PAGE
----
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Transition of authority is not yet clear in Egypt, Obama said
Statement of President Barack Obama on Egypt:
The Egyptian people have been told that there was a transition
of authority, but it is not yet clear that this transition is
immediate, meaningful or sufficient. Too many Egyptians remain
unconvinced that the government is serious about a genuine transition
to democracy, and it is the responsibility of the government
to speak clearly to the Egyptian people and the world. The Egyptian
government must put forward a credible, concrete and unequivocal
path toward genuine democracy, and they have not yet seized that
As we have said from the beginning of this unrest, the future
of Egypt will be determined by the Egyptian people. But the United
States has also been clear that we stand for a set of core principles.
We believe that the universal rights of the Egyptian people must
be respected, and their aspirations must be met. We believe that
this transition must immediately demonstrate irreversible political
change, and a negotiated path to democracy. To that end, we believe
that the emergency law should be lifted. We believe that meaningful
negotiations with the broad opposition and Egyptian civil society
should address the key questions confronting Egypt’s future:
protecting the fundamental rights of all citizens; revising the
Constitution and other laws to demonstrate irreversible change;
and jointly developing a clear roadmap to elections that are
free and fair.
We therefore urge the Egyptian government to move swiftly to
explain the changes that have been made, and to spell out in
clear and unambiguous language the step by step process that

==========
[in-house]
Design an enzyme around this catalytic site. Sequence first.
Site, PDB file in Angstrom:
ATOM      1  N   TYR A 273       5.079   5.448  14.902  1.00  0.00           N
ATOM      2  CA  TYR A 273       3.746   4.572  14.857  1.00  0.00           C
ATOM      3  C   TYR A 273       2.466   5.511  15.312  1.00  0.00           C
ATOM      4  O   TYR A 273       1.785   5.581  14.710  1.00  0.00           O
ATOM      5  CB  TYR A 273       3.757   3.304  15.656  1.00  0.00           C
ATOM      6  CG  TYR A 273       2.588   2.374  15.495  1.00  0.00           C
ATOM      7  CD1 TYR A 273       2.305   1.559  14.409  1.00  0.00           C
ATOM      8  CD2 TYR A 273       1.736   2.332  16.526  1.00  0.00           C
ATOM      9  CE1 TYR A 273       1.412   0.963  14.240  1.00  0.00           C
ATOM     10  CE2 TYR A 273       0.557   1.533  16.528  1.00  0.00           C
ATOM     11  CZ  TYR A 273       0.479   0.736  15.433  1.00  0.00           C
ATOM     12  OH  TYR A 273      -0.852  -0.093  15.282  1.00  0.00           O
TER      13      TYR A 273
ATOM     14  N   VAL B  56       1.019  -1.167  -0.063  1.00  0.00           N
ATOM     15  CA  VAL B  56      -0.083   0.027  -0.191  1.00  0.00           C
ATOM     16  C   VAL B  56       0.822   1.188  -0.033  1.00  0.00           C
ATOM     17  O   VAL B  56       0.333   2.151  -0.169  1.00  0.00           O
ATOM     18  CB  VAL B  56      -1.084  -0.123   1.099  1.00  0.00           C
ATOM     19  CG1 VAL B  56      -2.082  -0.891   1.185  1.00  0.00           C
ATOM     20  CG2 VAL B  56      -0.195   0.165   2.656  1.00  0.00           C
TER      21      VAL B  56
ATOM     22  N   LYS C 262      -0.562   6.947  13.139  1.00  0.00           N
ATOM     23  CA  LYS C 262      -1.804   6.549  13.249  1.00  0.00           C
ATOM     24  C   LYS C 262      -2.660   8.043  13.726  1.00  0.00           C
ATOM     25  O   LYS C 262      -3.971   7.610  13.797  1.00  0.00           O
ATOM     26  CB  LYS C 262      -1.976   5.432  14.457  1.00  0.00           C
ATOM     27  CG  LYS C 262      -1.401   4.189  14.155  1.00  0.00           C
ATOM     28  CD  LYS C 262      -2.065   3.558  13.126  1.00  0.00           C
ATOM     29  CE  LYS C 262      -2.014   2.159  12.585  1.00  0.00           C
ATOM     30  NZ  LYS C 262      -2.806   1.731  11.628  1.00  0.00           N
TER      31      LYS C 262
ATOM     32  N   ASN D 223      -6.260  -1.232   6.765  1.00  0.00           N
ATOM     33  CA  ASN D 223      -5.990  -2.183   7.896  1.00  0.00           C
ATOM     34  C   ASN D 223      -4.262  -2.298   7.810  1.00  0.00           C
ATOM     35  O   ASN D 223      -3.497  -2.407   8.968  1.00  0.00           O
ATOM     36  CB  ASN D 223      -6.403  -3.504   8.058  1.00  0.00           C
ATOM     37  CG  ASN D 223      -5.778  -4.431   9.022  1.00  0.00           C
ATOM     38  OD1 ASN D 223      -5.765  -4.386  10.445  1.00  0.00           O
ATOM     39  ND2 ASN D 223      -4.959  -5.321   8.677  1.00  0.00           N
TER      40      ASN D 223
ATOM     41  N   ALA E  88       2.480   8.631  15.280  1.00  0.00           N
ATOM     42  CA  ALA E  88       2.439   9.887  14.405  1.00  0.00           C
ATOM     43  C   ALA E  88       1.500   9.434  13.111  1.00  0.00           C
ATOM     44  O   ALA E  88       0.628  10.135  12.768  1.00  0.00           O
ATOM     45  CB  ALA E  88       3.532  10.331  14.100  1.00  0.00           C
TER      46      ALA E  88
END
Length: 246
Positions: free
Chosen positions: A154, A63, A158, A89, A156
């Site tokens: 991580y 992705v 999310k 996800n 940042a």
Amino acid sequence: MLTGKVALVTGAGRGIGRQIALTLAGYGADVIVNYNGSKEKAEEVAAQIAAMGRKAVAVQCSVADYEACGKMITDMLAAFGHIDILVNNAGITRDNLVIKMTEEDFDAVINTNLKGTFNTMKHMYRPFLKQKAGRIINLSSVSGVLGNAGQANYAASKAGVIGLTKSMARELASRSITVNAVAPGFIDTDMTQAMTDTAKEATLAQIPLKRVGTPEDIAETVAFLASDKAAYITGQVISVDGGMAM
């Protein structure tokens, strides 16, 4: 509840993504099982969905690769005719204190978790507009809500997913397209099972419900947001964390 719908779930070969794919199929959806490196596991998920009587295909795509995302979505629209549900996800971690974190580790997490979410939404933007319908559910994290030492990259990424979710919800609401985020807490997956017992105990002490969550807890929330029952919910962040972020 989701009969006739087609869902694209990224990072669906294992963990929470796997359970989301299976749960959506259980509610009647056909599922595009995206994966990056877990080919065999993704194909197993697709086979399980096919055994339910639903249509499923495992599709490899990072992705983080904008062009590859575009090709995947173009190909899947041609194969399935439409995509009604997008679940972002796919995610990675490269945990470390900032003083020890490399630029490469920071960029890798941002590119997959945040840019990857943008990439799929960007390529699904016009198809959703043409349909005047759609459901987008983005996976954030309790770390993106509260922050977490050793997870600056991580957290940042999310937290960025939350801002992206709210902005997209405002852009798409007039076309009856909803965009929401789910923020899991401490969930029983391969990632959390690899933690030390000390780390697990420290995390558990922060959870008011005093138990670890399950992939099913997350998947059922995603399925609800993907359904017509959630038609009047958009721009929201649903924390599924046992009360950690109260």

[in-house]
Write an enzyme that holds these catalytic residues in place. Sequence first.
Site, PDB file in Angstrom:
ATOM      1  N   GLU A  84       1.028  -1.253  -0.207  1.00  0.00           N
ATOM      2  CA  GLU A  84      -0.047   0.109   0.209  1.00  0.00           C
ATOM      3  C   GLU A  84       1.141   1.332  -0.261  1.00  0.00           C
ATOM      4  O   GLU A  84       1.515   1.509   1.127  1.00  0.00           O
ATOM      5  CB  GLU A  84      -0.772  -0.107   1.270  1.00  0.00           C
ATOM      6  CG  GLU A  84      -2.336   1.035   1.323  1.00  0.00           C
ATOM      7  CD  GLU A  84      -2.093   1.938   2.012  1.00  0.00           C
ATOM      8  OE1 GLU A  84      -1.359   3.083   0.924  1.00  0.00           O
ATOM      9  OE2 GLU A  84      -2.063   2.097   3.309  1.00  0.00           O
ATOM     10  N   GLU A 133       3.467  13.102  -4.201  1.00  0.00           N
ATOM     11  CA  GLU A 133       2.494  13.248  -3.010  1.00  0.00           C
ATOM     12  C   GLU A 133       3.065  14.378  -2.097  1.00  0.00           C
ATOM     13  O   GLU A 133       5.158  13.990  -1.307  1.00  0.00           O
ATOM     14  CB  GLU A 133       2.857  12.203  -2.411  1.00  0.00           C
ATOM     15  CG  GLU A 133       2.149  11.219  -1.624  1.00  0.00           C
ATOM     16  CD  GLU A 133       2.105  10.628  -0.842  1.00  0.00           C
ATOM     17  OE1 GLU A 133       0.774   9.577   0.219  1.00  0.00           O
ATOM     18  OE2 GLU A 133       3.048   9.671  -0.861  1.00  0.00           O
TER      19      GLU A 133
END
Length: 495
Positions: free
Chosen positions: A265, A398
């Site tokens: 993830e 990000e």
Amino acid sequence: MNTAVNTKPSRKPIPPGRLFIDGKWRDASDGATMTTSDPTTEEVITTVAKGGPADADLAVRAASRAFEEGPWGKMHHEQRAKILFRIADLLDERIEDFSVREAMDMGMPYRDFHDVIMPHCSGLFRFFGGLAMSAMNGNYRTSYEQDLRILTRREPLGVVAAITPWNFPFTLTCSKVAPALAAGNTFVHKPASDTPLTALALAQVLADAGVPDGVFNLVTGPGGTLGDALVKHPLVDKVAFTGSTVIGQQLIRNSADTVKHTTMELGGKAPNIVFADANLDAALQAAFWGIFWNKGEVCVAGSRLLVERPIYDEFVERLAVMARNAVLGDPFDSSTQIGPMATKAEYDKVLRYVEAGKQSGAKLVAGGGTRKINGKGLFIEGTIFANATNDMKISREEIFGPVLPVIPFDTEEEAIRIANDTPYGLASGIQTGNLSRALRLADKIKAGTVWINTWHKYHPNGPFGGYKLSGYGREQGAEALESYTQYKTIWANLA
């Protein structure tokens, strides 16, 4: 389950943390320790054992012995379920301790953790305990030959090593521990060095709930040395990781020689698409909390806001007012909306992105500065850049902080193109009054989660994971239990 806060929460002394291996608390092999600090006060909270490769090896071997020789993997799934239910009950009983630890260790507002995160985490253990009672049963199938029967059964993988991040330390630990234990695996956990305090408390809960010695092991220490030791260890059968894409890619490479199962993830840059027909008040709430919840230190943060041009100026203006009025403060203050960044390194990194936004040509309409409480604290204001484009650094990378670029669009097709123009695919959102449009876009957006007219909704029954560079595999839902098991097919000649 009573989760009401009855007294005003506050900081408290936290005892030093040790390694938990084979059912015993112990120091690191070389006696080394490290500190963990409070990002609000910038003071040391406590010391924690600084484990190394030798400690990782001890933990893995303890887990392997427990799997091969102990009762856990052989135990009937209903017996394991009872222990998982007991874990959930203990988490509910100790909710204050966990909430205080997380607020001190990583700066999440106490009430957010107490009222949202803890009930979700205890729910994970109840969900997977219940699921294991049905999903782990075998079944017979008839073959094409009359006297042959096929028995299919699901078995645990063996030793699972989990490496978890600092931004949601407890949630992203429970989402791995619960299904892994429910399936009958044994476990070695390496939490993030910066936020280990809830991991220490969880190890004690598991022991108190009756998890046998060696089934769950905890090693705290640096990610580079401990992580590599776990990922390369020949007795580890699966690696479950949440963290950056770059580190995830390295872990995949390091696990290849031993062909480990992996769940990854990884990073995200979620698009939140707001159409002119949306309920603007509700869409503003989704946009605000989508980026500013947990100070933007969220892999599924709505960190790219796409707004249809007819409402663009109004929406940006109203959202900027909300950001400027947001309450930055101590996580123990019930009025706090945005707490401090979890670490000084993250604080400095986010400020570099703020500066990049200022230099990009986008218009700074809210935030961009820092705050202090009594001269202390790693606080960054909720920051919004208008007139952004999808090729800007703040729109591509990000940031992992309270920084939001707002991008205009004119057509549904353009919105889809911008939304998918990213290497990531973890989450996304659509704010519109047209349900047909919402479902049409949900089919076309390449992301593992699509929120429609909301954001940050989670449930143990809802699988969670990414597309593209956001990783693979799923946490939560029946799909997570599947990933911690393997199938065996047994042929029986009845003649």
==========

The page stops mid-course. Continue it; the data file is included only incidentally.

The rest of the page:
will lead to democracy and the representative government that
the Egyptian people seek. Going forward, it will be essential
that the universal rights of the Egyptian people be respected.
There must be restraint by all parties. Violence must be forsaken.
It is imperative that the government not respond to the aspirations
of their people with repression or brutality. The voices of the
Egyptian people must be heard.
The Egyptian people have made it clear that there is no going
back to the way things were: Egypt has changed, and its future
is in the hands of the people. Those who have exercised their
right to peaceful assembly represent the greatness of the Egyptian
people, and are broadly representative of Egyptian society. We
have seen young and old, rich and poor, Muslim and Christian
join together, and earn the respect of the world through their
non-violent calls for change. In that effort, young people have
been at the forefront, and a new generation has emerged. They
have made it clear that Egypt must reflect their hopes, fulfill
their highest aspirations, and tap their boundless potential.
In these difficult times, I know that the Egyptian people will
persevere, and they must know that they will continue to have
a friend in the United States of America.
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